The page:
Only last month, we wrote about the proposal of a consulting engineer for an across the board power increase for AM stations so that they could overcome the effects of interference from all the electromagnetic devices now existing in our modern world that, while making our lives easier, interferes with the signal of AM stations, particularly in urban environments. In what seems like record time, the FCC today sent the proponent of that change a letter declining to pursue the proposal. The FCC’s Media Bureau sent Richard Arsenault, the engineer who made the proposal, a letter stating that, after review, the staff decided that the proposal would increase AM interference, in contradiction to the attempts by the FCC to reduce interference on the AM band. Thus, the proposal was dismissed.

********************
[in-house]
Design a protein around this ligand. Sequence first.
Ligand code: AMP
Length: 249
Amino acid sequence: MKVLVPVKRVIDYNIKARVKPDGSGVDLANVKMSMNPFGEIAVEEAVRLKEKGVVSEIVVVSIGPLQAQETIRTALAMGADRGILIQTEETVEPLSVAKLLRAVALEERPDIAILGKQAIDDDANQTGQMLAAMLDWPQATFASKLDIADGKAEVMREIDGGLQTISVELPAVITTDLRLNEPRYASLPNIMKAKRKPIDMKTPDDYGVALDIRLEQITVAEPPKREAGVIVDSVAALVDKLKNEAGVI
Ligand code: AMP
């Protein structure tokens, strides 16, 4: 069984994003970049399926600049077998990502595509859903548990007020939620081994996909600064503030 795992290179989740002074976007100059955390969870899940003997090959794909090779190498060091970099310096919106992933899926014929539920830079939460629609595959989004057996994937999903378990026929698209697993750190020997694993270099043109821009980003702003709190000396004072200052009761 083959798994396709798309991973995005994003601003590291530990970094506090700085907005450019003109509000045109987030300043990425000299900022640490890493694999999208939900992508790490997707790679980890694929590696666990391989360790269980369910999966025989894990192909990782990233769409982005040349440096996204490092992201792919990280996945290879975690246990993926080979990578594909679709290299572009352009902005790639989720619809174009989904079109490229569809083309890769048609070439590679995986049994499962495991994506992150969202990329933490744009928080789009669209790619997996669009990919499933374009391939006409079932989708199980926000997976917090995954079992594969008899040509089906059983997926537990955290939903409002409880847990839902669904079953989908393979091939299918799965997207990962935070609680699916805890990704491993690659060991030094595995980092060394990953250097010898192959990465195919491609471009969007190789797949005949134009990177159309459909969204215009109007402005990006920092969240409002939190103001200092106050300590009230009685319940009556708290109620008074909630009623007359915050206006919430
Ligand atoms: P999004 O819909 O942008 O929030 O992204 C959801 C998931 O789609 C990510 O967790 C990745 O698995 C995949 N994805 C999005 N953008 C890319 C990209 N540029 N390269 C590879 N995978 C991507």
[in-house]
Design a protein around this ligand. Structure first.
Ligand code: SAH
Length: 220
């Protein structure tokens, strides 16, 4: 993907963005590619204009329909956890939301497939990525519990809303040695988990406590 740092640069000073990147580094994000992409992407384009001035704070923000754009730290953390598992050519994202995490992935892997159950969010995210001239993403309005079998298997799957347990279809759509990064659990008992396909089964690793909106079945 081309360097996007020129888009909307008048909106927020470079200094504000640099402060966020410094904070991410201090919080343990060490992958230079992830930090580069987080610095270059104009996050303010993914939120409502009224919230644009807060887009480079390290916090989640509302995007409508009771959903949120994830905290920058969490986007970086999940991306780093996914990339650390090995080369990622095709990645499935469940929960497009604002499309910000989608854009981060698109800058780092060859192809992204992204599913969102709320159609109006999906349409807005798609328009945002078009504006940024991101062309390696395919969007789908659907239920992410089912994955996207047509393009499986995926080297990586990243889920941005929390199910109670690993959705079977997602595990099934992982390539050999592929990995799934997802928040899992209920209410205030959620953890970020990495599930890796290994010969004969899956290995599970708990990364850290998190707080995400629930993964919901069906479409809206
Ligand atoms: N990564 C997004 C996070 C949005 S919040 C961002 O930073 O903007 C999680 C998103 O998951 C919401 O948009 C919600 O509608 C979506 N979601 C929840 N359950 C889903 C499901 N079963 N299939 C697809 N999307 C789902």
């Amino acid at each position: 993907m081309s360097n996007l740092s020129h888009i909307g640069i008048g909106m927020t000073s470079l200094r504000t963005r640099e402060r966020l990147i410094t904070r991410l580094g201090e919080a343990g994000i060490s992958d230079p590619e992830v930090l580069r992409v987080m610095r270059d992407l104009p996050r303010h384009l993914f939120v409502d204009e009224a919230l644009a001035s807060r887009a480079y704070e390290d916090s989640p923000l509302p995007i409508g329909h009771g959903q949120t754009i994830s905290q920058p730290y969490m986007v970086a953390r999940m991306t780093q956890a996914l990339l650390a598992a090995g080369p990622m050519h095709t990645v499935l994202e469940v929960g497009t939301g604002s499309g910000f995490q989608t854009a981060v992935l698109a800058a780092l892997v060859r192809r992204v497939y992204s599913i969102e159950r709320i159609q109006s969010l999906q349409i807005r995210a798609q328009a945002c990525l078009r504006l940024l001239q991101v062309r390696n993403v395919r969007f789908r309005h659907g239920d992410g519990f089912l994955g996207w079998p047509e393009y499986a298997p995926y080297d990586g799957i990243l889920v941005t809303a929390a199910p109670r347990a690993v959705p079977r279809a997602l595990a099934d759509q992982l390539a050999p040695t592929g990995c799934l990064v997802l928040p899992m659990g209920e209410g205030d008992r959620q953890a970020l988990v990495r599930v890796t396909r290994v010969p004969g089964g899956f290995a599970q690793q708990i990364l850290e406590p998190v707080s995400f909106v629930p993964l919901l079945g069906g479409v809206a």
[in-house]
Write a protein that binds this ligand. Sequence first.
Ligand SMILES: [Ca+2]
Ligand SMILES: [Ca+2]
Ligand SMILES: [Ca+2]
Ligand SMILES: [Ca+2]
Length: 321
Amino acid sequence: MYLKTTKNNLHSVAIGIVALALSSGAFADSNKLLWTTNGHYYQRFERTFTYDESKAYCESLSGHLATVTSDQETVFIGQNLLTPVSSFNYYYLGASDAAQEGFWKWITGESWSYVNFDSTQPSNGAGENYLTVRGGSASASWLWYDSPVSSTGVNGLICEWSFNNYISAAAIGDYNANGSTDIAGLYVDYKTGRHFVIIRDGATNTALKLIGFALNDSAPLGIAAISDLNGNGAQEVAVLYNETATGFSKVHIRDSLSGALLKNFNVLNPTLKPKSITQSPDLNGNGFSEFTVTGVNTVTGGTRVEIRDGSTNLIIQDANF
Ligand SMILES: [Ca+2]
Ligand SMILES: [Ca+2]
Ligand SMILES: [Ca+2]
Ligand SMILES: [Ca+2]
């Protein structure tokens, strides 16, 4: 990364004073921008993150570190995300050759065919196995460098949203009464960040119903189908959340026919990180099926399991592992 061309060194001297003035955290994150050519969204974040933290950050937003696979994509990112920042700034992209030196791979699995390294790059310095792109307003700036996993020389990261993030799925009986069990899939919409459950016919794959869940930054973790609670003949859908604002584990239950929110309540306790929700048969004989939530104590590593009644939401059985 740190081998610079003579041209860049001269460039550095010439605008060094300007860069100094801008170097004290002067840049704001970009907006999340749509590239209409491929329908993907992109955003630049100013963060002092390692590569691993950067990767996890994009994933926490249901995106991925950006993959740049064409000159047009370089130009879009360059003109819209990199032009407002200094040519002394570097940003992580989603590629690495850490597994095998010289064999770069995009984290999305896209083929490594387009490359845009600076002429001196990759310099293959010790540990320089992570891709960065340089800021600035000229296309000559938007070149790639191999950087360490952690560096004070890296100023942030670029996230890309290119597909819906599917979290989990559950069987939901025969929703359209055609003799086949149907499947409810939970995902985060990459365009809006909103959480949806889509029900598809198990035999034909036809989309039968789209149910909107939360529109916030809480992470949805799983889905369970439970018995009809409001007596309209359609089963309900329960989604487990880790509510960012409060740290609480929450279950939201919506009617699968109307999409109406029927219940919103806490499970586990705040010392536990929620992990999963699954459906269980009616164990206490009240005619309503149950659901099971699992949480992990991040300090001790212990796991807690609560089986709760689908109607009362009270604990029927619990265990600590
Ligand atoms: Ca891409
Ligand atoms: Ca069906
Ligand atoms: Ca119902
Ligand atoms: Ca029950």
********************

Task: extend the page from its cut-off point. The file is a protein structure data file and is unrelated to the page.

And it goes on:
When we first wrote about this proposal, we expressed skepticism about how likely such a move was to get buy in from all of the potentially affected parties, including neighboring countries. Nevertheless, we are surprised at the speed of the FCC’s denial of this proposal, and its reliance on an almost 20 year old proceeding which took some initial steps to try to reduce AM interference, but which has essentially been inactive for many years. AM stations are suffering in many places in the country, and the interference identified by Mr Arsenault is real. We hope that, while the FCC has denied this particular remedy, it will continue to look at means to address AM issues. One proposal still out there – moving AM to a rededicated TV channel 5 or 6. Over time, we will see if that proposal, on which the FCC has already received public comment, has any traction at the FCC.